Easing winds are boosting hopes that firefighters will be able to contain Southern California’s devastating wildfires. The Santa Ana winds fueling the flames have begun to die out. But firefighters still face major difficulties with no forecast of rain ahead. All three major fires in Los Angeles County have been contained. But the six fires burning through San Diego County are no more than 15 percent contained.
California Governor Arnold Schwarzenegger: “We have, as you know, 18 fires right now. There’s 426,000 acres that burned. Almost 8,900 firefighters are on site. There’s so far 40 injuries and three deaths. 1,664 structures have been destroyed in California; out of that is approximately 1,436 homes that have been destroyed. There’s over 25,000 structures that are threatened right now.”
Property damage in San Diego has reached an estimated $1 billion. President Bush is expected to tour the region later today.
The Iraqi government has reportedly canceled a U.S.-imposed law granting immunity to private security contractors operating inside Iraq. Contractors have been immune from prosecution since former Bush administration proconsul Paul Bremer handed down the law shortly before leaving Iraq in June 2004. The Iraqi Cabinet’s decision follows last month’s killing of 17 Iraqi civilians by Blackwater guards in Baghdad.
The news comes as The New York Times has revealed that the leader of the Blackwater squad that carried out the shooting and two or three subordinate guards involved are now back in the United States. An anonymous Blackwater employee says the squad leader supposedly left Iraq to have shrapnel removed from his leg. The other guards are said to have left Iraq because their contracts expired. But their departure will likely fuel speculation that Blackwater is trying to avoid scrutiny and punishment. Blackwater is already embroiled in a controversy for ferrying out a guard accused of shooting and killing a bodyguard to Iraq’s vice president last Christmas Eve. The guard was allegedly intoxicated at the time of the shooting. He’s now living in Seattle. Meanwhile, The New York Times also reports of a growing feeling within the Blackwater compound in Iraq that the killings were unjustified. Four current and two former Blackwater employees say guards widely expect to see criminal charges.
Meanwhile, The Washington Post is reporting the U.S. embassy in Iraq has begun to offer as much as $12,500 in financial compensation to families of the Blackwater victims. Several families say they’ve turned down the offer because they view it as too small or don’t want to preclude future legal action.
Meanwhile, the State Department’s top security official has been forced to step down. Assistant Secretary of State for the Bureau of Diplomatic Security Richard Griffin is the first senior official to lose his job in the growing controversy over the Blackwater shooting. His departure comes just days after an internal review faulted the State Department for inadequate oversight of private military firms.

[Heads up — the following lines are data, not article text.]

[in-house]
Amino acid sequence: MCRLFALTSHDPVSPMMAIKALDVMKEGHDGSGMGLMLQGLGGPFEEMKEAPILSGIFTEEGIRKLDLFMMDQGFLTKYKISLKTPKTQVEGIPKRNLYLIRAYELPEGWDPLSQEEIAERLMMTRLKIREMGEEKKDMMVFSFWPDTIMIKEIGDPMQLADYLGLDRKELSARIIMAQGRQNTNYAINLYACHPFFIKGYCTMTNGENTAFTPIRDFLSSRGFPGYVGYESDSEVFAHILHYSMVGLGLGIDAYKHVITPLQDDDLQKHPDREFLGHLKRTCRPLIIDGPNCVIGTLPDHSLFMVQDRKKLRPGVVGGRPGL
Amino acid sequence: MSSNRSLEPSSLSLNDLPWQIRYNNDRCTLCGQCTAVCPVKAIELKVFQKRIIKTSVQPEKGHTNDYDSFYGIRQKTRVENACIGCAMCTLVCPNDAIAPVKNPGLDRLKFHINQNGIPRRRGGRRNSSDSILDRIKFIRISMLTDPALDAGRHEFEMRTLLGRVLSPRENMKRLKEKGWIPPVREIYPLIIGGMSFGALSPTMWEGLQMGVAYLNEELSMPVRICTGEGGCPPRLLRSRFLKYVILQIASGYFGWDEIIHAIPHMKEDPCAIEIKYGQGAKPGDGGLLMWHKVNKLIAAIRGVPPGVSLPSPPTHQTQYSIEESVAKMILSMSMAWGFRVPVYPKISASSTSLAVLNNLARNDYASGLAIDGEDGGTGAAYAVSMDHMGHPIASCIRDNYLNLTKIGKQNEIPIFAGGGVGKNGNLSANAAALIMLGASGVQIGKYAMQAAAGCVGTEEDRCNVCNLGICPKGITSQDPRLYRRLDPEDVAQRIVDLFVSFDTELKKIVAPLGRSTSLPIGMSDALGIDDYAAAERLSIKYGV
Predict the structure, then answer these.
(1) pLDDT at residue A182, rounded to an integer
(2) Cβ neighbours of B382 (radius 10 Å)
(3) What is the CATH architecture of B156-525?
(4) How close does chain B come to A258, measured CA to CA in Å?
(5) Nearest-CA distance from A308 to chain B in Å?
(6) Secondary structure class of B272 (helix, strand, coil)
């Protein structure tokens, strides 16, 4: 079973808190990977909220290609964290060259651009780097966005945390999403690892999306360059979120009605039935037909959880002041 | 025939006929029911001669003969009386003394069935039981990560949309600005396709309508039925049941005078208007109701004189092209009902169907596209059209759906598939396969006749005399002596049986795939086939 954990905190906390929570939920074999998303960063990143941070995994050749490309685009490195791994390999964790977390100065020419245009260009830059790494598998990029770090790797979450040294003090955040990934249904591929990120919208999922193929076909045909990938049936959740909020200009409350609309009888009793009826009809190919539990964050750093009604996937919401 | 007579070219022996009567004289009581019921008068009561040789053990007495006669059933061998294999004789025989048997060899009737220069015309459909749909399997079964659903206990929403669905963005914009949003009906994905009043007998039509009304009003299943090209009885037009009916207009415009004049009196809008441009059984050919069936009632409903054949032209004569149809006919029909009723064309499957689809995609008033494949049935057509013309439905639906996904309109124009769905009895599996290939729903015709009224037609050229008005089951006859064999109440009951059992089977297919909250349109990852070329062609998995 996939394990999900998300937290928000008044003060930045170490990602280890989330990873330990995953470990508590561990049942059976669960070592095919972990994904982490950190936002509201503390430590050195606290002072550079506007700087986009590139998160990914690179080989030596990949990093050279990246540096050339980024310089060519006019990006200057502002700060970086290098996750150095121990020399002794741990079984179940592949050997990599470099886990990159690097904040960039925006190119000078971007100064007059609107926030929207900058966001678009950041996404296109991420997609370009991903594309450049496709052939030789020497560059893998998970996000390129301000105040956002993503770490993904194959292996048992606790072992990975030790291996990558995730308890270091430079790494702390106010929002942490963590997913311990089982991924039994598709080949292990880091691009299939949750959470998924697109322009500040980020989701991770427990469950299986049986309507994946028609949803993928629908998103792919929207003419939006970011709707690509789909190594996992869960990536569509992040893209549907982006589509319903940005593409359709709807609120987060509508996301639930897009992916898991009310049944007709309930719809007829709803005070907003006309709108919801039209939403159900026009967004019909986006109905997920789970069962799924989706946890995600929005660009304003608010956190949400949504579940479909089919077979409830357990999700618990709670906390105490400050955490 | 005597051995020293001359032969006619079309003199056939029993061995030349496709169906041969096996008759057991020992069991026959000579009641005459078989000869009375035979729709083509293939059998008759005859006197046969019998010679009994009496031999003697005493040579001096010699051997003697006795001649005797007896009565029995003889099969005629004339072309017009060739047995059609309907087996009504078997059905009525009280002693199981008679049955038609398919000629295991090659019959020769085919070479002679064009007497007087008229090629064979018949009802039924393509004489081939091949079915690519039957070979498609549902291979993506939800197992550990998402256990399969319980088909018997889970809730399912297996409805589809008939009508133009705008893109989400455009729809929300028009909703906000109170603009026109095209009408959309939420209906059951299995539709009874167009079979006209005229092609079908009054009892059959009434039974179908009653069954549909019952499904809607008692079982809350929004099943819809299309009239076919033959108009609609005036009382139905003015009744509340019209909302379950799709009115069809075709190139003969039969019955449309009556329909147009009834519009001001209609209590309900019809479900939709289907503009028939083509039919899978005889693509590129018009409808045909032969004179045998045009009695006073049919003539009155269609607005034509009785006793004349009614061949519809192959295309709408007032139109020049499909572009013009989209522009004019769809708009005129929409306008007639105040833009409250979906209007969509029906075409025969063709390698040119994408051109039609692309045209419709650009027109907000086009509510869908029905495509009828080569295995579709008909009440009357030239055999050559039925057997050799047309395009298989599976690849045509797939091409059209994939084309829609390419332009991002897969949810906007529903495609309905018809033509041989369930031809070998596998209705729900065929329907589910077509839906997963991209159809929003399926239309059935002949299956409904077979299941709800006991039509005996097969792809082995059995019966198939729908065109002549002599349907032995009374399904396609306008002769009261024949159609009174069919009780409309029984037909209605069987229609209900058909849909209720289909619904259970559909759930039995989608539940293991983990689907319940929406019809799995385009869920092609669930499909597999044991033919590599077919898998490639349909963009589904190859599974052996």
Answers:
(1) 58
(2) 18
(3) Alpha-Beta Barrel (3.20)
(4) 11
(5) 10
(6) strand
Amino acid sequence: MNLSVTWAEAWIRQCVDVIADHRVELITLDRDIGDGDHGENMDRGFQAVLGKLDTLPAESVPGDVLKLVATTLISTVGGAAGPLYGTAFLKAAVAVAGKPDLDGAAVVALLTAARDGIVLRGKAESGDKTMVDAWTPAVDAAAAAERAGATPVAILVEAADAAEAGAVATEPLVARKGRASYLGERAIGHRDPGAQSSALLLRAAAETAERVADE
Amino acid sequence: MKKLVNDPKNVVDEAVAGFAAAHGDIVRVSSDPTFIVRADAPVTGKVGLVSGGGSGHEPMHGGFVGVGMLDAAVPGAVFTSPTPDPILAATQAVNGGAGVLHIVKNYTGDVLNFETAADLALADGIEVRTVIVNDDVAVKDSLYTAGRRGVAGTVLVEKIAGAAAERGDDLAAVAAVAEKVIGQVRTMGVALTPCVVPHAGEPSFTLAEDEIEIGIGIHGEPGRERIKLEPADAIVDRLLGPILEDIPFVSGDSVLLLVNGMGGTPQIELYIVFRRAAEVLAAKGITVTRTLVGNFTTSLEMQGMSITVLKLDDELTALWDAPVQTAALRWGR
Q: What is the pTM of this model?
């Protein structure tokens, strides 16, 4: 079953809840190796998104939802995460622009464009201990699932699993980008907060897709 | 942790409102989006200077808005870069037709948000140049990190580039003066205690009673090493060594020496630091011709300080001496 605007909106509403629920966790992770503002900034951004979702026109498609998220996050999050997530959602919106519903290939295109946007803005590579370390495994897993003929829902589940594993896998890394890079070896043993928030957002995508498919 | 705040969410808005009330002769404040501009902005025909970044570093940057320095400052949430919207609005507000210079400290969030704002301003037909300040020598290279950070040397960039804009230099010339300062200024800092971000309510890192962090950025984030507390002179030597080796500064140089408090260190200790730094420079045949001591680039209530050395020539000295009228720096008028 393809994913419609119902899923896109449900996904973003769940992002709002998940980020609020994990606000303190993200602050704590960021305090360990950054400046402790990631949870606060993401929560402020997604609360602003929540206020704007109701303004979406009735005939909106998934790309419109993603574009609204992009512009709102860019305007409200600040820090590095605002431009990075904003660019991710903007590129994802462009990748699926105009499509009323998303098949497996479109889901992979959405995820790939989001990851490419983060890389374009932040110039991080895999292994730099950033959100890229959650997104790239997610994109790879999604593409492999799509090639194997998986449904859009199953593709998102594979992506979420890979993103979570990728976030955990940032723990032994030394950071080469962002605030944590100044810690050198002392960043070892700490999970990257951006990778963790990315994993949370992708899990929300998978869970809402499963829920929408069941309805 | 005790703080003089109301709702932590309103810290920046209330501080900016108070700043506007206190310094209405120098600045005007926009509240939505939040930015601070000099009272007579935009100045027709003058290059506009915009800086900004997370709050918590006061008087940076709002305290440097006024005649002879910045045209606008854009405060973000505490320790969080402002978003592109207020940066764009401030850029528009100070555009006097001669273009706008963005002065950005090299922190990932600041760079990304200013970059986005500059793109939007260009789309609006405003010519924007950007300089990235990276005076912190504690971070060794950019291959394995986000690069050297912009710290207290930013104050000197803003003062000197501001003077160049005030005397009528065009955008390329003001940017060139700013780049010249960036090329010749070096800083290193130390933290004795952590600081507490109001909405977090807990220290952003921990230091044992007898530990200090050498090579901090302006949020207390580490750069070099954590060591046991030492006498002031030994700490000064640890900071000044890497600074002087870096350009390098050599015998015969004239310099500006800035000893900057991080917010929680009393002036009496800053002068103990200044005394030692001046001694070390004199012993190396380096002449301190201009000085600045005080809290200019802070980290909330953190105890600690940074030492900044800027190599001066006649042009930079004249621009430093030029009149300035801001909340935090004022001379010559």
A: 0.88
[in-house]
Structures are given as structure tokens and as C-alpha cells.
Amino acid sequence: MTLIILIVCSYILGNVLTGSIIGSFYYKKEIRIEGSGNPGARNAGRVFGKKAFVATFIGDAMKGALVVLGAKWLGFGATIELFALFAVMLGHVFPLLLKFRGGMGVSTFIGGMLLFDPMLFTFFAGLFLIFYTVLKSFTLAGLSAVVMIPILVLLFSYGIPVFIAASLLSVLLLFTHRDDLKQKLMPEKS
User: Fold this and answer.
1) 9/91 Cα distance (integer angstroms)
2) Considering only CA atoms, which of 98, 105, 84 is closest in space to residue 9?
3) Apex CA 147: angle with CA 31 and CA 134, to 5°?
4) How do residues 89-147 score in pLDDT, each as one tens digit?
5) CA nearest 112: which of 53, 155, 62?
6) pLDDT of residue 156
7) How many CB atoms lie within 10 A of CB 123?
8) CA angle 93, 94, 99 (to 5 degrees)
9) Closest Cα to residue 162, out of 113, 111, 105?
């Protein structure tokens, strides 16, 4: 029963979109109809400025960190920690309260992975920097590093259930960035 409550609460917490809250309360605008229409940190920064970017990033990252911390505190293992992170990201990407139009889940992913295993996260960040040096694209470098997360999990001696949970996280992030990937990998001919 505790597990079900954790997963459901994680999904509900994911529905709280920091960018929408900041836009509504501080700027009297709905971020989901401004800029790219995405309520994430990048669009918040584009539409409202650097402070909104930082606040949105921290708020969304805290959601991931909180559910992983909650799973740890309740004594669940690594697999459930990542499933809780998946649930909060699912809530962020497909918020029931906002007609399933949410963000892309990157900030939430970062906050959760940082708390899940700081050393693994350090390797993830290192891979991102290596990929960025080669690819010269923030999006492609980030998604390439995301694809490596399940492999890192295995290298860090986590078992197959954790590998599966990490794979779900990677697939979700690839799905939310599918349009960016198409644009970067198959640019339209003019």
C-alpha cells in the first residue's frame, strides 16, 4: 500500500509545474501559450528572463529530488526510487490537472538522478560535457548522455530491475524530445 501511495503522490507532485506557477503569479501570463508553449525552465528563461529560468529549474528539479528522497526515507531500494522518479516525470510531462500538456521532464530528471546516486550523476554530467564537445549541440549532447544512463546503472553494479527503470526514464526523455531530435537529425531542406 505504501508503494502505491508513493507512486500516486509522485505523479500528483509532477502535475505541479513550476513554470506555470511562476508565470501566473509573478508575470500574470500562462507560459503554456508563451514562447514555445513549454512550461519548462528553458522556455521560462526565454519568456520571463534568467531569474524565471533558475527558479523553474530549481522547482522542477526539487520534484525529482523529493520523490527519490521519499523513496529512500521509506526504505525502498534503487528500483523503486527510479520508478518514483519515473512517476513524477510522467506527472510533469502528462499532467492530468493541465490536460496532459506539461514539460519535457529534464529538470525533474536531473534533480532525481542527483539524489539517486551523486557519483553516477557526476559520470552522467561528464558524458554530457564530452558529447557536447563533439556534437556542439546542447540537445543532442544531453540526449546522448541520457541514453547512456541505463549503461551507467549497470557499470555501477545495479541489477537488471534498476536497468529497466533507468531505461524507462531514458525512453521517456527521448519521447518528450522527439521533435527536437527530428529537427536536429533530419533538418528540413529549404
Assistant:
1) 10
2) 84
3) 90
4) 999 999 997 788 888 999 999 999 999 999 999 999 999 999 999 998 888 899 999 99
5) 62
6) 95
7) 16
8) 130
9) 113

The Bush administration is set to impose a new round of unilateral sanctions against Iran. The White House has already announced its plans to designate Iran’s Revolutionary Guard as a proliferator of weapons of mass destruction and its elite Quds Force as a supporter of terrorism. Critics call the move the latest in a series of parallels to the lead-up of the U.S. invasion of Iraq. The Washington Post reports the sanctions package marks the first time the U.S. has tried to isolate or punish another country’s military. It’s the broadest set of punitive measures against Iran since the 1979 takeover of the American embassy. Testifying Wednesday on Capitol Hill, Secretary of State Condoleezza Rice said Iran represents the greatest security challenge to U.S. interests in the Middle East.
Secretary of State Condoleezza Rice: “We are continuing to designate Iranian entities when we find that they are trying to use the financial system for their ill-gotten gains, and it is why we are trying to strengthen the defense capacity of our traditional allies in the Gulf, because working together with them, we can be a — we can help be a barrier to further Iranian aggression in the region.”
Rice was speaking before the House Foreign Affairs Committee. Later in her appearance, Rice was questioned about the rendition victim Maher Arar. Arar is the Canadian citizen seized on a stopover flight to the U.S. and sent to Syria, where he was jailed and tortured. Rice said the Bush administration had mishandled Arar’s case but stopped short of an apology.
Before Rice testified, she was a confronted by a protester with the peace group CODEPINK. The protester called Rice a “war criminal” whose hands are stained with the “blood of millions of Iraqis.” The protester’s hands were painted red to symbolize blood.
In Burma, a leading student activist against the ruling military junta has reportedly been imprisoned. Aung Naing is said to have been taken into custody early Wednesday morning.